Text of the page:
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Authors: Tammy Robinson

A Roast on Sunday

BOOK: A Roast on Sunday
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A Roast on Sunday

 

By Tammy Robinson

Copyright ©
2013 by Tammy Robinson

All rights reserved. No part of this publication may be reproduced, distributed, or transmitted in any form or by any means, including photocopying, recording, or other electronic or mechanical methods, without the prior written permission of the publisher, except in the case of brief quotations embodied in critical reviews and certain other
noncommercial uses permitted by copyright law.

 

This book is set in New Zealand and as such all spelling is in New Zealand English.

Acknowledgments

A HUGE thank you to my early readers, Kerrie Ryan, Cara Randall-Hunt, Richard James Lloyd, Miriam Byrne and Andrea Sheffield, for your feedback and editing skills. The love you guys had for the characters gave me the encouragement to keep writing the story.

Also a GINORMOUS thank you to my clever husband Karl for his fantastic editing skills and
cover design. Also for coming home from a full day at work and feeding and bathing the baby so I could get some more writing done.

 

 

This book is dedicated to our beautif
ul, incredible, gorgeous, clever, adorable and amazing daughter Holly. If your attitude and feistiness now at one year old is any indication, we’re in for some fun (i.e. trouble) with you!

Love you so much baby girl

Chapter one

 

To an ignorant observer it would appear that the girl was merely sat on the shore enjoying the view. Only once you got close enough could you hear her muttering, although the words themselves were undecipherable, snatched by the breeze as soon as they emerged from her lips and carried off into the trees that rimmed the lake.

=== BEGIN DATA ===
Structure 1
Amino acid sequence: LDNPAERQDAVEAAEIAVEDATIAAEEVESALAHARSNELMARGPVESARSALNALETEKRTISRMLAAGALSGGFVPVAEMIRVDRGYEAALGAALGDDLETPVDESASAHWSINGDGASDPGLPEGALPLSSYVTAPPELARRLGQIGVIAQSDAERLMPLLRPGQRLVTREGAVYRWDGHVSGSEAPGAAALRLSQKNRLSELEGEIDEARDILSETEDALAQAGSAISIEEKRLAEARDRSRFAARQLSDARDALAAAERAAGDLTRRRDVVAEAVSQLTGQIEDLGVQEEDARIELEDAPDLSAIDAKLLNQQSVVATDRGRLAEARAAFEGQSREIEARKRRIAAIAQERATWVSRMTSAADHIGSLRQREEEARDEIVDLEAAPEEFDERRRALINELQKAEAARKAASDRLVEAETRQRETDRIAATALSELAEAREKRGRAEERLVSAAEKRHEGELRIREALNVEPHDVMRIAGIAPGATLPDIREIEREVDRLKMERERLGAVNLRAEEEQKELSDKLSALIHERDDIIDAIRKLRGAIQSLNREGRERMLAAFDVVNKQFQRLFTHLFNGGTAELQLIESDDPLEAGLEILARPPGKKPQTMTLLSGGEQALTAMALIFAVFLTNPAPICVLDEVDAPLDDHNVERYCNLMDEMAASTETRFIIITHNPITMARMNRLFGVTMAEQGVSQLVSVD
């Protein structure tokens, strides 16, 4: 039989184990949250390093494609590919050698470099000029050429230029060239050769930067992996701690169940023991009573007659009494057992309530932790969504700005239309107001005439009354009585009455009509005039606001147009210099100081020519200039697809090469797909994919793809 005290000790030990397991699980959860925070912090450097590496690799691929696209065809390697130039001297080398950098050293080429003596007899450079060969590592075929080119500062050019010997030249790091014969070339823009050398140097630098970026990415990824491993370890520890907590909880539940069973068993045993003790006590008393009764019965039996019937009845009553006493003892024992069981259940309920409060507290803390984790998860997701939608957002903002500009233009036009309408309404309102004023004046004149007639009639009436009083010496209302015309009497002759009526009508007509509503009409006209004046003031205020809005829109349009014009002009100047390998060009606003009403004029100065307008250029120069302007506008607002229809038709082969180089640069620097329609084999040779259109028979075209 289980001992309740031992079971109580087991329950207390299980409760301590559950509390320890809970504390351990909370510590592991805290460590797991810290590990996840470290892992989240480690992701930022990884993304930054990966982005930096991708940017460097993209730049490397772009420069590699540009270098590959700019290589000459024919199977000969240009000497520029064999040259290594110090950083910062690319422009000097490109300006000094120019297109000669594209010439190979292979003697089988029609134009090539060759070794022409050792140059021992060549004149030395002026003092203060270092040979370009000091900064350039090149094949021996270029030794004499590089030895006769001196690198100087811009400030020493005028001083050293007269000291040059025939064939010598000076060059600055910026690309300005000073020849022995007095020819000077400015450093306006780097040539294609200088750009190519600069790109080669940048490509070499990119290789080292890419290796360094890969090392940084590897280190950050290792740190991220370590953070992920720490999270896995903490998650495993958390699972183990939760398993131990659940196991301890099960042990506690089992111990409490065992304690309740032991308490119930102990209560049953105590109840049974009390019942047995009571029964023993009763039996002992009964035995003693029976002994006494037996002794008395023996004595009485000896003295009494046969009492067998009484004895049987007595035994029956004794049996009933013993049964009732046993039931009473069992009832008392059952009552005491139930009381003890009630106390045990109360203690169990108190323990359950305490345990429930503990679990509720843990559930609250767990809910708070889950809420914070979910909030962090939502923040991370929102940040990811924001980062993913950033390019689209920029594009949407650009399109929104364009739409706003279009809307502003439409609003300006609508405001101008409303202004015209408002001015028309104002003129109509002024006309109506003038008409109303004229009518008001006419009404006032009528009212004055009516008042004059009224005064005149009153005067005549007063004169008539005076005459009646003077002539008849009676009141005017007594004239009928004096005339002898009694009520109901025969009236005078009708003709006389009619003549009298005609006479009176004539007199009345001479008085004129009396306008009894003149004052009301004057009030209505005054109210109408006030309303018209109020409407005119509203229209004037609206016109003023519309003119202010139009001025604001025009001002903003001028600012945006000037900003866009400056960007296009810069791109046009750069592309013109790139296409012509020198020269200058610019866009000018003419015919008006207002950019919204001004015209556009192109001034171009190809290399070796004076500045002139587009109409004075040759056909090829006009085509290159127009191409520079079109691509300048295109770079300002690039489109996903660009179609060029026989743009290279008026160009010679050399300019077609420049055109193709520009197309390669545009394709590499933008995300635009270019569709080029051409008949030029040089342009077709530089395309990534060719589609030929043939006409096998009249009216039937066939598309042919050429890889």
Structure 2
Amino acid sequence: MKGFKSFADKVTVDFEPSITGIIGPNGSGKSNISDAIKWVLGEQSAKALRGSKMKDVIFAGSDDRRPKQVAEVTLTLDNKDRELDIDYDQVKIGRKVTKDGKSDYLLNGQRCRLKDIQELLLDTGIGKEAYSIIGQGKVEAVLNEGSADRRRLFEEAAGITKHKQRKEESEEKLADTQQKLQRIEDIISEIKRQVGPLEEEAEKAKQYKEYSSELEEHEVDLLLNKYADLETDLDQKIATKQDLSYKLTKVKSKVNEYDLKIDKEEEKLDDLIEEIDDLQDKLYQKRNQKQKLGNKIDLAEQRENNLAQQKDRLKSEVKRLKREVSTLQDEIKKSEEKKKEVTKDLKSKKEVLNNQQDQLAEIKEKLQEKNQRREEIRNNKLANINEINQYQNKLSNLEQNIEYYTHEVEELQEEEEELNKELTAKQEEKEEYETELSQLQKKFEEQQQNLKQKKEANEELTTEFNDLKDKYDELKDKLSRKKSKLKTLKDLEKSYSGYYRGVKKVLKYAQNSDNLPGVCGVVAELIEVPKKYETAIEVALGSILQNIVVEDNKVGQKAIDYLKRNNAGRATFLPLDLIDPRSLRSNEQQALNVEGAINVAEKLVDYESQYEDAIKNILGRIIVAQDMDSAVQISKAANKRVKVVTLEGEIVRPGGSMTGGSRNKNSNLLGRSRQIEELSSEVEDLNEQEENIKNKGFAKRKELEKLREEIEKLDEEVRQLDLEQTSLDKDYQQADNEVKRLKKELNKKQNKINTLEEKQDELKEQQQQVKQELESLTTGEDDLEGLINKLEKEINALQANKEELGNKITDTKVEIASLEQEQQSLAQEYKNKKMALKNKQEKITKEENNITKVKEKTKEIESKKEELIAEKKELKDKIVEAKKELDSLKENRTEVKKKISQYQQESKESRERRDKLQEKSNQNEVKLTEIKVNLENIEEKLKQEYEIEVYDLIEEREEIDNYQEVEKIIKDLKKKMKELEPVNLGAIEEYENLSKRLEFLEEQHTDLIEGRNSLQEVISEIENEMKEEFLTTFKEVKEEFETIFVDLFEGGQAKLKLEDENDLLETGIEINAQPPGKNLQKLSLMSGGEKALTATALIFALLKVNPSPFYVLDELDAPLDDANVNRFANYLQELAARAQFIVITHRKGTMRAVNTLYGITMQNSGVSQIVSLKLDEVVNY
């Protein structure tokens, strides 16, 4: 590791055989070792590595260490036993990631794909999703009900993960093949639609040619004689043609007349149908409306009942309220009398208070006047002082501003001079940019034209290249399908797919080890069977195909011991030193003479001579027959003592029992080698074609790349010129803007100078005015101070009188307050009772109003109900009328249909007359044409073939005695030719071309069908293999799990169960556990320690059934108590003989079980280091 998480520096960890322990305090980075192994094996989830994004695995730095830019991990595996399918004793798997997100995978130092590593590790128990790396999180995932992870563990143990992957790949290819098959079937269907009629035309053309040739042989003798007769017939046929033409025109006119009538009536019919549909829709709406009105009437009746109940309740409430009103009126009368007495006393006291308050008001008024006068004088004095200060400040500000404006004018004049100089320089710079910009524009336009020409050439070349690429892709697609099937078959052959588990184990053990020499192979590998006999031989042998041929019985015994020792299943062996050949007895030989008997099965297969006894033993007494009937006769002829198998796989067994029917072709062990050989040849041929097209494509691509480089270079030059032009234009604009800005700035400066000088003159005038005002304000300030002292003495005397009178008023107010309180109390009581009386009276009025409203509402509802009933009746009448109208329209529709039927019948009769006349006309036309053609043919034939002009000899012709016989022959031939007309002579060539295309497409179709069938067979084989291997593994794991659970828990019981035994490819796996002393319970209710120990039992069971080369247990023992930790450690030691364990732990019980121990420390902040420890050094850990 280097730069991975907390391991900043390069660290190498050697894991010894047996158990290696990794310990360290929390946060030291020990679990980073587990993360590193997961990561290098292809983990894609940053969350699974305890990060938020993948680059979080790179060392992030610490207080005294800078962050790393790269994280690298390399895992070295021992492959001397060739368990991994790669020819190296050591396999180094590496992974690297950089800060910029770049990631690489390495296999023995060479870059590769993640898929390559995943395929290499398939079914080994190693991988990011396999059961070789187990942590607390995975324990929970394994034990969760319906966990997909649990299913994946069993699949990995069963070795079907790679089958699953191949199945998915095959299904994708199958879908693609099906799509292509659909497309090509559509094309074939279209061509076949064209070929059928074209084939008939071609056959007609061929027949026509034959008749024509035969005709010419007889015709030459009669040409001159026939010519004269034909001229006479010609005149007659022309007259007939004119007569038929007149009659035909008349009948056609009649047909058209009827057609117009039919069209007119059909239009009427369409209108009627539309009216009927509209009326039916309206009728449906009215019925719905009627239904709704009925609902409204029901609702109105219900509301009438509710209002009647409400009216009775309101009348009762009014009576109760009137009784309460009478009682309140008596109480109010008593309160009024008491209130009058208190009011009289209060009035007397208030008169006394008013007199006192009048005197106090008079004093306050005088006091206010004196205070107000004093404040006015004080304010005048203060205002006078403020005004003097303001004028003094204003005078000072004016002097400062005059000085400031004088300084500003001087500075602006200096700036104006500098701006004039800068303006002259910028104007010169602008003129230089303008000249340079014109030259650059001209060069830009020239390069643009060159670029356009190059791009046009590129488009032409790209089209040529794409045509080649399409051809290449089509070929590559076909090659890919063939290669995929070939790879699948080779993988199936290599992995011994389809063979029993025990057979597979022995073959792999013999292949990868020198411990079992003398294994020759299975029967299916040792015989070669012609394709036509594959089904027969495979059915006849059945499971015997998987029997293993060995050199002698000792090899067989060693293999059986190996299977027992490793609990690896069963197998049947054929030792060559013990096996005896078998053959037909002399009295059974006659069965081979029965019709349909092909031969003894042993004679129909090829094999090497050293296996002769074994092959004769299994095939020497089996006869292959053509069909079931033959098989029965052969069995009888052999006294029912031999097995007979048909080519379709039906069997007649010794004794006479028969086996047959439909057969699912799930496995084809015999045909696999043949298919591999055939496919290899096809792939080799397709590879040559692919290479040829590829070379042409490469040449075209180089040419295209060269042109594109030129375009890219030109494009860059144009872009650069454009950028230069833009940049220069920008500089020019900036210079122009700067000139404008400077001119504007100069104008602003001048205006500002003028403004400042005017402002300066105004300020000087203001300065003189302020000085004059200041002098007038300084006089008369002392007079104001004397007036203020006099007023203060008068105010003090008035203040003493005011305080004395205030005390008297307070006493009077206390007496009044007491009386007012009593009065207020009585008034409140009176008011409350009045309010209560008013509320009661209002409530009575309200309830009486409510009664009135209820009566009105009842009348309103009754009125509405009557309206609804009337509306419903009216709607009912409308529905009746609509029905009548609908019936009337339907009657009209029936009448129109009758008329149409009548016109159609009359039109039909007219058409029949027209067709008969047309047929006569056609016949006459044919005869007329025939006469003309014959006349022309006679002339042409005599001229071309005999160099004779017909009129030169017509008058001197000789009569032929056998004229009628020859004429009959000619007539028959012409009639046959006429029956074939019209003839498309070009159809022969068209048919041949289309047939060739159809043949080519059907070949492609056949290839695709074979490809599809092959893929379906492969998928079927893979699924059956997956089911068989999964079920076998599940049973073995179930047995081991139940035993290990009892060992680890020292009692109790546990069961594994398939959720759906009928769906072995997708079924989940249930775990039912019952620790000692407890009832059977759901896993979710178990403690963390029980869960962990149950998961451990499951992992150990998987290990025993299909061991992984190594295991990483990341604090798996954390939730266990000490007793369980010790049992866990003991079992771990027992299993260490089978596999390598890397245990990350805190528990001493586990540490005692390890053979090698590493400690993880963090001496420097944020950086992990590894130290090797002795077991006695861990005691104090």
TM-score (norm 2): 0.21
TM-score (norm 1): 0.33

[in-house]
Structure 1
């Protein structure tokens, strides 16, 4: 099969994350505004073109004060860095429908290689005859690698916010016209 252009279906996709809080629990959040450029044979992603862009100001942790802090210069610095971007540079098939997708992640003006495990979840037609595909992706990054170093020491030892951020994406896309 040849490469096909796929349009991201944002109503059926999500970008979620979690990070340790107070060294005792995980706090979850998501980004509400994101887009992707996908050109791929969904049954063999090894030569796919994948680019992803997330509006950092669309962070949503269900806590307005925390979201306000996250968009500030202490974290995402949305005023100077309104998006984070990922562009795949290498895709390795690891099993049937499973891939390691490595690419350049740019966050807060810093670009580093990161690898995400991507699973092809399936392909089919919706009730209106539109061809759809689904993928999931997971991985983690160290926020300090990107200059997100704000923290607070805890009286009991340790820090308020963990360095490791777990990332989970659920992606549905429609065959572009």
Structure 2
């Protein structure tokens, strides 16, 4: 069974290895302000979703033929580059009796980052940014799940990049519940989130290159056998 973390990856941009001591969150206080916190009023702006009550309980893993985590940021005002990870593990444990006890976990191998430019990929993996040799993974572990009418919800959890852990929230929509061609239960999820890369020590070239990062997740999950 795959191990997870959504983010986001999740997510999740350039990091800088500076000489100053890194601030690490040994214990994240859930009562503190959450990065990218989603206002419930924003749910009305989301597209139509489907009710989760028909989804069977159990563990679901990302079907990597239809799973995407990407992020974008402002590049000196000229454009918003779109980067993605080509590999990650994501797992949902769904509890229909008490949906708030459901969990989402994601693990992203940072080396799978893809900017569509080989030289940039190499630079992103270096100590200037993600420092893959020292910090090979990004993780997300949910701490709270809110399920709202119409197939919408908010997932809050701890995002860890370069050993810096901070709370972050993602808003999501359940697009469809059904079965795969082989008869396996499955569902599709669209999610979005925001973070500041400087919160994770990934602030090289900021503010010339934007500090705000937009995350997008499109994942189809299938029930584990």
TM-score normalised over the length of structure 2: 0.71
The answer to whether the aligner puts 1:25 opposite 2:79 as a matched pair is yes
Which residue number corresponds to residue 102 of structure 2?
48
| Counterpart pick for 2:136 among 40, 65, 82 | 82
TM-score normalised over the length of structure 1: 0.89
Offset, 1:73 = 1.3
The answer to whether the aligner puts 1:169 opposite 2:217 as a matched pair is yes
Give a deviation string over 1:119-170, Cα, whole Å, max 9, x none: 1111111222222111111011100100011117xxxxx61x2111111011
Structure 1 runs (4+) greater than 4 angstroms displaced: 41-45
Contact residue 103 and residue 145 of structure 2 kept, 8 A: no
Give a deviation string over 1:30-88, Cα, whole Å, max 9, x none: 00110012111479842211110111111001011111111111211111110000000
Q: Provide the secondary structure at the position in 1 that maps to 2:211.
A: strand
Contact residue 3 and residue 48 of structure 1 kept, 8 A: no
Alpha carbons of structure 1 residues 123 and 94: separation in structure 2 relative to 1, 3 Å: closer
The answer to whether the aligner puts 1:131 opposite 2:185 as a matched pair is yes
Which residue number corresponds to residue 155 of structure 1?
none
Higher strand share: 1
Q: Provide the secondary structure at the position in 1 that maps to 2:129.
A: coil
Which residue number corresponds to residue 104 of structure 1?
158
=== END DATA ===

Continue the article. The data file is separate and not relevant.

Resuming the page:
She had the lake to herself, thanks to the
early morning chill in the air. On hot days this place was packed with families enjoying picnics and the water, and teenagers secretly enjoying the sight of the opposite sex and their burgeoning bodies. But on cold mornings like this most stayed away, apart from dog walkers, bird watchers and other odd, outdoorsy types.


I’d like to see how she’d manage without me,” the girl said, scowling and kicking out at a nearby rock.

Earlier on the shore she had traced the
length of the waterline, as the best pebbles and stones were usually to be found there. On other days, when she had time and no plan to be gotten on with she enjoyed taking it slowly, collecting only the best specimens which now lined the windowsill in her bedroom. They caught the afternoon sun and cast interesting patterns on her walls. Those days she liked to focus on picking the ones with the prettiest colours, or patterns. Not perfect rocks mind you; she liked them to have some kind of minor imperfection, a chip or a crack perhaps.

But today she had
a job to do and limited time to do it in. So she settled for any old rocks, green ones with flecks of black, grey with holes like the craters of the moon. Weight was what she was after so she threw any that she considered too light into the water. She didn’t even have time today to try and better her skimming score, (for the record she had once achieved nine perfect surface skims, although her best friend Nick refused to allow it into their record book as it had not been witnessed by him. Jerk.)

When she had filled her mother’s linen shopping bag with enough stones she settled on the shore and sorted through them, once again weighing them between her hands, tossing any that were too small or light, and filling the pockets on her raincoat with the rest.

The raincoat was a sore point, and the girl normally never voluntarily wore it. In fact, she hated it with a seething passion and had tried to lose it on numerous occasions, but the damn thing had a habit of turning back up. Of course it didn’t help that her mother had written her name in big black letters on the outside of the collar, right there where everyone could see it. Tags you could cut out, but permanent marker wasn’t so easy to remove. She’d tried scrubbing it off with soap, and bleaching it off with the stuff her mother used to clean the toilet, but it was like it was retardant to all her efforts.

“You have got to be kidding me